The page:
Thursday, December 12, 2013
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That may seem like a pretty loyal voting record, until it's put into context.
Fifty-six senators have voted with their party 95 percent of the time or more so far this year. Just 16 have voted with their party 89 percent of the time or less, and just 10 senators have voted with their party 86 percent of the time or less.
Over time, Snowe and Collins have voted "their consciences and moderate positions although in the zero-sum world of today's Washington, partisans on the far left and the far right demand ideological purity," said Christian Potholm, a professor of government at Bowdoin College.
"Maine voters, since 1948 and even before, have almost always prized and rewarded independence and moderation."
Asked whether Snowe and Collins are about as moderate as it gets in the Senate these days, Potholm responded, "Yes, unfortunately. The answers and solutions to America's many national problems lie in the middle of the political spectrum."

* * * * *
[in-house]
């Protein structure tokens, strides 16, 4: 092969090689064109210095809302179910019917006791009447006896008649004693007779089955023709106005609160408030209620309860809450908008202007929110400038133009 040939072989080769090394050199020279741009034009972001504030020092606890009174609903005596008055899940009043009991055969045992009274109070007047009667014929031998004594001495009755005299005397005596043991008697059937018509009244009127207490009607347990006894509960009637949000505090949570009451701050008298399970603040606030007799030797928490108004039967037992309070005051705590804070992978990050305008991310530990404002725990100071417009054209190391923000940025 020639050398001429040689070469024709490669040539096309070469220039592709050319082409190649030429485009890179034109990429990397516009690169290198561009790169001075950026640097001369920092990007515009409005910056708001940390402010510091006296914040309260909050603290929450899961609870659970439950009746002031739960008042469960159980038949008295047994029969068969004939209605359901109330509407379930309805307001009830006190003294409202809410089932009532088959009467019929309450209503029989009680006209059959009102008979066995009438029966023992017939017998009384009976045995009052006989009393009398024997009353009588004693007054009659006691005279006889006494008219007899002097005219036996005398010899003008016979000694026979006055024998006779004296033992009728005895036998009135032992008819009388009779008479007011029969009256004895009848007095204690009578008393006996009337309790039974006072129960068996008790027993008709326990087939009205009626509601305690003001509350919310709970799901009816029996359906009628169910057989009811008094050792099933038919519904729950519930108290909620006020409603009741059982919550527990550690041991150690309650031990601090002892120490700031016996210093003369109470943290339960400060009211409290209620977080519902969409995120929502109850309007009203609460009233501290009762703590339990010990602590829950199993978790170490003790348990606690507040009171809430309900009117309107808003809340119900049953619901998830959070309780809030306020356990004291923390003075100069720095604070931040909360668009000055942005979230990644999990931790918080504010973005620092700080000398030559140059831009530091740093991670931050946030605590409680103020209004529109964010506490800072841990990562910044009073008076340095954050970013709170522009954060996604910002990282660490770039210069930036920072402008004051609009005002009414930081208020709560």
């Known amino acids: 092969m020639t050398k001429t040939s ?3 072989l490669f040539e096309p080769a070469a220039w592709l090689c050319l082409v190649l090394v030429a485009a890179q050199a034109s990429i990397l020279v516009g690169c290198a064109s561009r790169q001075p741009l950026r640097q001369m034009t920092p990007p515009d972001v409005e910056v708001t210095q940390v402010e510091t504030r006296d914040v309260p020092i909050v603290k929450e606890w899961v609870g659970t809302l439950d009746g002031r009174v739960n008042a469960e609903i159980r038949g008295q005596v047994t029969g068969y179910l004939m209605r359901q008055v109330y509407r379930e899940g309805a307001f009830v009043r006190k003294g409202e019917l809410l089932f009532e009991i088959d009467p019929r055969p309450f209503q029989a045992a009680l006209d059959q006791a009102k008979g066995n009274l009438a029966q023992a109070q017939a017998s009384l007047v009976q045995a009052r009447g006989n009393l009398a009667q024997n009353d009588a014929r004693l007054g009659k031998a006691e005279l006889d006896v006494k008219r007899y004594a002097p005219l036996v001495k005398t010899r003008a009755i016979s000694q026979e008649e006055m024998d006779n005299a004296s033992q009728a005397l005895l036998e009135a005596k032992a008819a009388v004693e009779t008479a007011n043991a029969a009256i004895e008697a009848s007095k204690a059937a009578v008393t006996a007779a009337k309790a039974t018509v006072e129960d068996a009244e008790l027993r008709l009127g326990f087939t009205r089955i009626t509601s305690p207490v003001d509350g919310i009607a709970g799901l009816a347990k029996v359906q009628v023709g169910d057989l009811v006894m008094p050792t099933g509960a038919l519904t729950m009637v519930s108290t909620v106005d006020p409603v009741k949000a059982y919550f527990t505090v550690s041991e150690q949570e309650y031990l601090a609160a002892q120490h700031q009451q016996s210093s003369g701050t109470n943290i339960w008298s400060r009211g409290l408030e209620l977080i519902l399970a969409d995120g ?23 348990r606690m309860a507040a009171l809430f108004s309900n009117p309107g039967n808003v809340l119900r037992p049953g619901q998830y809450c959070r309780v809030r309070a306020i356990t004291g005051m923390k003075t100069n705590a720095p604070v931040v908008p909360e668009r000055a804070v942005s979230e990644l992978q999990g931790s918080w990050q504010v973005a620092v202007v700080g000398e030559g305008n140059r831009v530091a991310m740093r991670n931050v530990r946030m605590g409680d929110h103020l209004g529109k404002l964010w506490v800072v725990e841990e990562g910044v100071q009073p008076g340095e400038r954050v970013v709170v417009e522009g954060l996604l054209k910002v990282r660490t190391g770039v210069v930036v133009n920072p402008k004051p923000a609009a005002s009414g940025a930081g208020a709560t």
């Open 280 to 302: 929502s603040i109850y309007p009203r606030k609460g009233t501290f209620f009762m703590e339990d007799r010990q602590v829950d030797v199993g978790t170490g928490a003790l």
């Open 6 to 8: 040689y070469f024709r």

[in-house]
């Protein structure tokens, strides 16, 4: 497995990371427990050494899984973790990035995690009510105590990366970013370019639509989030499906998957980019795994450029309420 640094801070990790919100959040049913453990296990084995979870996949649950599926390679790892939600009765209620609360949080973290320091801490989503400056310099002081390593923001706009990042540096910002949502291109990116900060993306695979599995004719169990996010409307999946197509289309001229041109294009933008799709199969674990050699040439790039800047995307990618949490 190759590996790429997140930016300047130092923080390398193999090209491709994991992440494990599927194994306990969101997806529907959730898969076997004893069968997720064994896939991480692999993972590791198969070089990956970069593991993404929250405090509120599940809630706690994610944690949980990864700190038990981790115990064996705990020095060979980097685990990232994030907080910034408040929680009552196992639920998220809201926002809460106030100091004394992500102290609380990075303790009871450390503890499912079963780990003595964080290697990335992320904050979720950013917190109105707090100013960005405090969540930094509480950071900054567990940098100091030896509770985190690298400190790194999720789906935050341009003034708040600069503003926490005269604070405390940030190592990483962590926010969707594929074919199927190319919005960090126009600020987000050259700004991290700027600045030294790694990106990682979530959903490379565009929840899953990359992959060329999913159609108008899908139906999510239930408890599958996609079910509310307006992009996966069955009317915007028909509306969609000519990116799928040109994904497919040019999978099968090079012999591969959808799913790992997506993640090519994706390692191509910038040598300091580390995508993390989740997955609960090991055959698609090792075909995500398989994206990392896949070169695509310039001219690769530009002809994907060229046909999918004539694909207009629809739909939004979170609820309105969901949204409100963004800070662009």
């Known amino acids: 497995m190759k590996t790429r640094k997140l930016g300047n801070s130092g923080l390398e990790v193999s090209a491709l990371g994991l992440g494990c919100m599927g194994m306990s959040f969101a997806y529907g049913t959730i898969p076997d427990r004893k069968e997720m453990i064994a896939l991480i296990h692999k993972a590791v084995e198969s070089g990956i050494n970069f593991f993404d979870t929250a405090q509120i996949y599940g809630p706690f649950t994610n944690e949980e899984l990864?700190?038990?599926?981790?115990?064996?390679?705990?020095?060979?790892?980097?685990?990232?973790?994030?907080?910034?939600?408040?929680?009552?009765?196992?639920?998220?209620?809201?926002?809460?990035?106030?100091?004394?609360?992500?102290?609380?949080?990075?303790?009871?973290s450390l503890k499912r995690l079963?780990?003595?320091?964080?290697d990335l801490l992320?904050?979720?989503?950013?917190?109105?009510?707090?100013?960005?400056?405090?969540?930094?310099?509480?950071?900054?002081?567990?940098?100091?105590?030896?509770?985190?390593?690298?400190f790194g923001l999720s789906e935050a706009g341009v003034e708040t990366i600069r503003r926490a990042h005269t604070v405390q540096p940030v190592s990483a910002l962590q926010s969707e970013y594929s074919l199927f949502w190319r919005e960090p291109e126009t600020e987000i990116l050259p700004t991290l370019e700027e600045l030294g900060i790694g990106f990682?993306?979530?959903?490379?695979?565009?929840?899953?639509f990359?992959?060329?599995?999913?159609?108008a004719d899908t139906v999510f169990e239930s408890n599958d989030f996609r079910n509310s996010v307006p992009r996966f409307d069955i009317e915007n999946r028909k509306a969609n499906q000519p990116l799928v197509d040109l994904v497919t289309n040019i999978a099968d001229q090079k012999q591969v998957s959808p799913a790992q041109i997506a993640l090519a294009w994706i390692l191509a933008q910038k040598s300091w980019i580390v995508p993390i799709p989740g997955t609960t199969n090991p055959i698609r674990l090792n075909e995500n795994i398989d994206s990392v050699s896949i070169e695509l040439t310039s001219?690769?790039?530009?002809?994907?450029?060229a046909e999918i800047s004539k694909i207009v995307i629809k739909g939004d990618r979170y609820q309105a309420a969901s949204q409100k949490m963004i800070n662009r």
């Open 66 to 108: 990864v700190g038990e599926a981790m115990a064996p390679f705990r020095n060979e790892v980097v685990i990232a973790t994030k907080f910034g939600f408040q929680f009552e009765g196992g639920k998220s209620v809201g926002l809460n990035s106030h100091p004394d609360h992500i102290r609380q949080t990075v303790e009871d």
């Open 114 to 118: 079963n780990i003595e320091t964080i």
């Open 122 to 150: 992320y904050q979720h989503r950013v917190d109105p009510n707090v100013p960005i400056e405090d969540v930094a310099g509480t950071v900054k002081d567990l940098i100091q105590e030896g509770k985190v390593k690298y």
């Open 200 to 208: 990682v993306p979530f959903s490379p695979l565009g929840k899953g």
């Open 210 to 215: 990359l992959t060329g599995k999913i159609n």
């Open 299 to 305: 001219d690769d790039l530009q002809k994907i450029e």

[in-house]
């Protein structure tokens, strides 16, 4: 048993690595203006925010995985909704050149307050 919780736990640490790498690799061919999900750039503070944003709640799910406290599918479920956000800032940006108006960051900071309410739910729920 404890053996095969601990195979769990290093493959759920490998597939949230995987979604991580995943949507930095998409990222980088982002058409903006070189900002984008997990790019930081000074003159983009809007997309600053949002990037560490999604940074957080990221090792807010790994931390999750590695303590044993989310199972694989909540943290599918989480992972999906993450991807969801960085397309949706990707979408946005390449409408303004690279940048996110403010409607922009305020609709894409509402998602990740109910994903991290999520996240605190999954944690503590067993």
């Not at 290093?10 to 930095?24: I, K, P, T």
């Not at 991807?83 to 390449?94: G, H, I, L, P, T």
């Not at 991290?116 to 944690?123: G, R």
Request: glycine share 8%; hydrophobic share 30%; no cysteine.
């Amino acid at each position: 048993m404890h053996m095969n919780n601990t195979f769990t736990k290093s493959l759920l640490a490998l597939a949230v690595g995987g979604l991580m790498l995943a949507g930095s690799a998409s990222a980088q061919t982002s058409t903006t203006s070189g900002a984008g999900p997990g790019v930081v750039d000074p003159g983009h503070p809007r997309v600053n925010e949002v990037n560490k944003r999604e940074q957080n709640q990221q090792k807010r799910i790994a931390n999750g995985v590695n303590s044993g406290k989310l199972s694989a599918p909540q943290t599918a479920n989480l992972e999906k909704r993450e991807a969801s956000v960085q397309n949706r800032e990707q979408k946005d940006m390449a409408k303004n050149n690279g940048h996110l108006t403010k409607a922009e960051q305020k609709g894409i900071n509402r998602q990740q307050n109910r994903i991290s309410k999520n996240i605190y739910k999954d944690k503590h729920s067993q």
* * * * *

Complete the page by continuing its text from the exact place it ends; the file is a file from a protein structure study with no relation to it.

Gone from the Senate over the past few years are moderates from both parties, Republicans such as Gordon Smith of Oregon and George Voinovich of Ohio and Democrats such as Evan Bayh of Indiana and Republican-turned-Democrat Arlen Specter of Pennsylvania.
One reason for increasing party unity is increasing numbers of procedural motions, which tend to draw more partisan votes even from moderates.
"Many of these votes now are not just the vote on final passage, but lots of procedural votes that come with that, and that tends to buck up party support scores," said Anthony J. Corrado, a professor of government at Colby College.
"In terms of Snowe and Collins, it is clearly the case that they remain firmly amongst the more moderate senators."
MaineToday Media Washington Bureau Chief Jonathan Riskind can be contacted at 791-6280 or at: